New Year, Same Problem: Non-bank Lending Fills Credit Access Void for Small Business

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Beginning of 2015 data affirms alternative lending will remain key means of access to credit for small firms, says Liberty Capital Group CEO.

Liberty Capital Group

While we are seeing a decline in approvals by alternative lenders, that doesn't mean they are also down and out...as in the past, these lenders have played a key role in filling in the gap. - Adrian Dalsey, Liberty Capital Group

Lending index reports released this month by Biz2Credit show that things are looking upside-down for small business lending with small bank approvals declining and big bank approvals rising. While the prospect of increased access to credit from big banks sounds exciting, data shows they're more interested in investing those dollars into loan applications of $600,000 and above, leaving a large margin of applicants to continue their costly search.

While the reasons for post-recovery risk aversion has been covered extensively, it can be concluded that alternative lending will continue to play a big role.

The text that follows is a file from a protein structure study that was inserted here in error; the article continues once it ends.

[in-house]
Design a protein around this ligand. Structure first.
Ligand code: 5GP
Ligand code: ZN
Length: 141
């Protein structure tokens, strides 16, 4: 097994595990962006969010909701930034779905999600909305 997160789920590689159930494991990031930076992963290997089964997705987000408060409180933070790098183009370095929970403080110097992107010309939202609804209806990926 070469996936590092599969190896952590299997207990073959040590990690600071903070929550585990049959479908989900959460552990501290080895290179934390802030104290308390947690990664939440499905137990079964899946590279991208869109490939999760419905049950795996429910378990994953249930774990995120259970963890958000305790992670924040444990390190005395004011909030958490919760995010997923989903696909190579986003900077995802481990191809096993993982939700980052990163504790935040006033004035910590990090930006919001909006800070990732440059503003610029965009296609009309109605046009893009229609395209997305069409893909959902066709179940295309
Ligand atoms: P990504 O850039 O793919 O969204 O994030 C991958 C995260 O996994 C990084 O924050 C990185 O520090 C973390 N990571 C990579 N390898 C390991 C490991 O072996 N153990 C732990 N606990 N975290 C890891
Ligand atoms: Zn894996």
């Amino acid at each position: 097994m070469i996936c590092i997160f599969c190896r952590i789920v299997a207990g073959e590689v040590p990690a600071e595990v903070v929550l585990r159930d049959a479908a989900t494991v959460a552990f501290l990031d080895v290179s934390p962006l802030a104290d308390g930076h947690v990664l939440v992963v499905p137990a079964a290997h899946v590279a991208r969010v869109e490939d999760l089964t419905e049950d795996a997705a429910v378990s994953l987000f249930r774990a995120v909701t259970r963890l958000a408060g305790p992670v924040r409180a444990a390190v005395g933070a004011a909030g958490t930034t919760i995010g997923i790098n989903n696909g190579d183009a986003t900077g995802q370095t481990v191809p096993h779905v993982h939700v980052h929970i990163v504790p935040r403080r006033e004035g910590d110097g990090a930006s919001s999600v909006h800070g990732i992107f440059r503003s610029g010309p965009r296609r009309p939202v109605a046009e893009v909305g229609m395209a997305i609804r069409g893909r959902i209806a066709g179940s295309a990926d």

"Small business lending is a risky...with high search [for the applicant and lender], transaction and processing costs it is understandable why large banks did whatever possible to avert risk during and in this recovery period," says Liberty Capital Group CEO Adrian Dalsey.

Now, with larger bank loan approvals up at a record post-recession high and small banks citing the same concerns as its larger siblings in the past, the question of who will fill in the void this time may bring with it the same old answers.

"While we are seeing a decline in approvals by alternative lenders, that doesn't mean they are also down and out...as in the past, these lenders have played a key role in filling in the gap," concluded Dalsey.

According to Laurence Kotlikoff, a finance professor at Boston University, says that, “Small Business Lending is a less profitable area for big banks--the risk is high, and calculating the borrower's financial condition takes time and effort.” The banks’ operating costs average about 6% of revenue, compared with 2% for online-only lenders. (Crain’s New York Business).

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Lauren Rockwell
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Liberty Capital Group Inc.
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